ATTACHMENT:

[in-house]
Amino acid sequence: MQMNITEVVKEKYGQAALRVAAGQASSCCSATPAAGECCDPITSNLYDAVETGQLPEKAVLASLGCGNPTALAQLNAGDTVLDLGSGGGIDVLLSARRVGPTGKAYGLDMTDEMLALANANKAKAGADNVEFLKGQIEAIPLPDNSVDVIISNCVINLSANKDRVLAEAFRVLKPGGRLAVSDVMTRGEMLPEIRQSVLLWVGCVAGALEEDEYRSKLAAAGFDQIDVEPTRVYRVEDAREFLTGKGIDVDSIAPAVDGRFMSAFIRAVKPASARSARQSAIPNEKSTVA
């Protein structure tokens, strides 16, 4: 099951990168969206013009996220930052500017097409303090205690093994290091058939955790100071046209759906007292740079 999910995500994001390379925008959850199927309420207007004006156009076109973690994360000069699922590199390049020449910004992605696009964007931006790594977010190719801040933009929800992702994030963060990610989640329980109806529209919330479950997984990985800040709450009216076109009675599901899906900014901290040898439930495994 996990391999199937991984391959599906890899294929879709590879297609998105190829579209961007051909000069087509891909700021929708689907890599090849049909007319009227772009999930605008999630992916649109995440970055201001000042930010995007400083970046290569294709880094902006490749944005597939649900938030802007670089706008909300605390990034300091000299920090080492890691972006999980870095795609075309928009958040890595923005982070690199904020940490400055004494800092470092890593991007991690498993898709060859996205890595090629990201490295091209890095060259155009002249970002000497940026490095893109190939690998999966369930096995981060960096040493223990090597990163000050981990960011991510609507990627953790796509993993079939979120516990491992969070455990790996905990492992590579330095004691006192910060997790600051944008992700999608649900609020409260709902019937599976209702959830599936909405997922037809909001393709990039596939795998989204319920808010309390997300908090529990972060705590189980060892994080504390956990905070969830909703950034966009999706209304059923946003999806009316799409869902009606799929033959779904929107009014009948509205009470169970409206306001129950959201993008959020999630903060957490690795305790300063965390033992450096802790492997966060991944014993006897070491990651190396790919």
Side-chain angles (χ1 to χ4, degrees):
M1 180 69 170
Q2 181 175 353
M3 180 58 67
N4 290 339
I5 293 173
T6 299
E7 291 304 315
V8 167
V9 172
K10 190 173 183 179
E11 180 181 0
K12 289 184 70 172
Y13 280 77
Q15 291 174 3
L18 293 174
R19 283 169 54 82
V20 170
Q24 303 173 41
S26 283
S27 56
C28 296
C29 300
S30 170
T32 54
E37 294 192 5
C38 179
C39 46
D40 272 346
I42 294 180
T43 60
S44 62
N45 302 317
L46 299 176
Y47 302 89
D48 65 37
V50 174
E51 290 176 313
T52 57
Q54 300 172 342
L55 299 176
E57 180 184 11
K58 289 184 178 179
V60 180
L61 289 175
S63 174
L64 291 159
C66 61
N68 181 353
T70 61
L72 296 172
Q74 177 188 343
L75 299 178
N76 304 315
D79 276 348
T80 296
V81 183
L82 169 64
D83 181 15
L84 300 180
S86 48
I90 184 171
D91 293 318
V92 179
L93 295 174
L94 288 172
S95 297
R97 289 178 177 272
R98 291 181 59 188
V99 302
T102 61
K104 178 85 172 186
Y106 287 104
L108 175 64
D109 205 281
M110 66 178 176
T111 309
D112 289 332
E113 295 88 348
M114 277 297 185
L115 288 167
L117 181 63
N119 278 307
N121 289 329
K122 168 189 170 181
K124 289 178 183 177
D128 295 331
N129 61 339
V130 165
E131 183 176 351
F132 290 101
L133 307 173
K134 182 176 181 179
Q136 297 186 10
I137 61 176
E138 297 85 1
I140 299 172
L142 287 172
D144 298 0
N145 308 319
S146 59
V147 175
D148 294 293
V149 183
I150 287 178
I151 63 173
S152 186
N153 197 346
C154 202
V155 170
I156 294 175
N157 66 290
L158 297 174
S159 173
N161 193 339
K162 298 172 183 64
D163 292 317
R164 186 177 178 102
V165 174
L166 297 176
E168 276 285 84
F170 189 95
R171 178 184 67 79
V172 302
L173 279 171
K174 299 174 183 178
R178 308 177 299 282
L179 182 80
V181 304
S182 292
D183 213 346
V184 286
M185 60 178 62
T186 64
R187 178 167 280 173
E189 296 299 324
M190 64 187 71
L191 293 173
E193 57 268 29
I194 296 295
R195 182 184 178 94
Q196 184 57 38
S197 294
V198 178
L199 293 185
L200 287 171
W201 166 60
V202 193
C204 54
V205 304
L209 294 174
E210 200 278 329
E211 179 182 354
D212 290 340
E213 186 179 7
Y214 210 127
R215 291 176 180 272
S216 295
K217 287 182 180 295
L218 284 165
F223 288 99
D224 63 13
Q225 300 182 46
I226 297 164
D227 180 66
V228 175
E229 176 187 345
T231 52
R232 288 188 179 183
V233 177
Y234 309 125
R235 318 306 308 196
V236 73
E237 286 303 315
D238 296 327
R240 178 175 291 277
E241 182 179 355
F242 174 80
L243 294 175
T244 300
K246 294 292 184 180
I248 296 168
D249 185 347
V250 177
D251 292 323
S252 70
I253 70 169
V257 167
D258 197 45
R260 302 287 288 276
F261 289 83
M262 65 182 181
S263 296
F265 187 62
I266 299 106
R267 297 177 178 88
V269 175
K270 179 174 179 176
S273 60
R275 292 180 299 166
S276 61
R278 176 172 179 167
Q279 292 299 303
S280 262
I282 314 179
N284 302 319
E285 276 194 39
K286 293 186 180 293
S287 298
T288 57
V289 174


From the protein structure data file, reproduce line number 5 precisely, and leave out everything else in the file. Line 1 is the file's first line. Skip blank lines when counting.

M1 180 69 170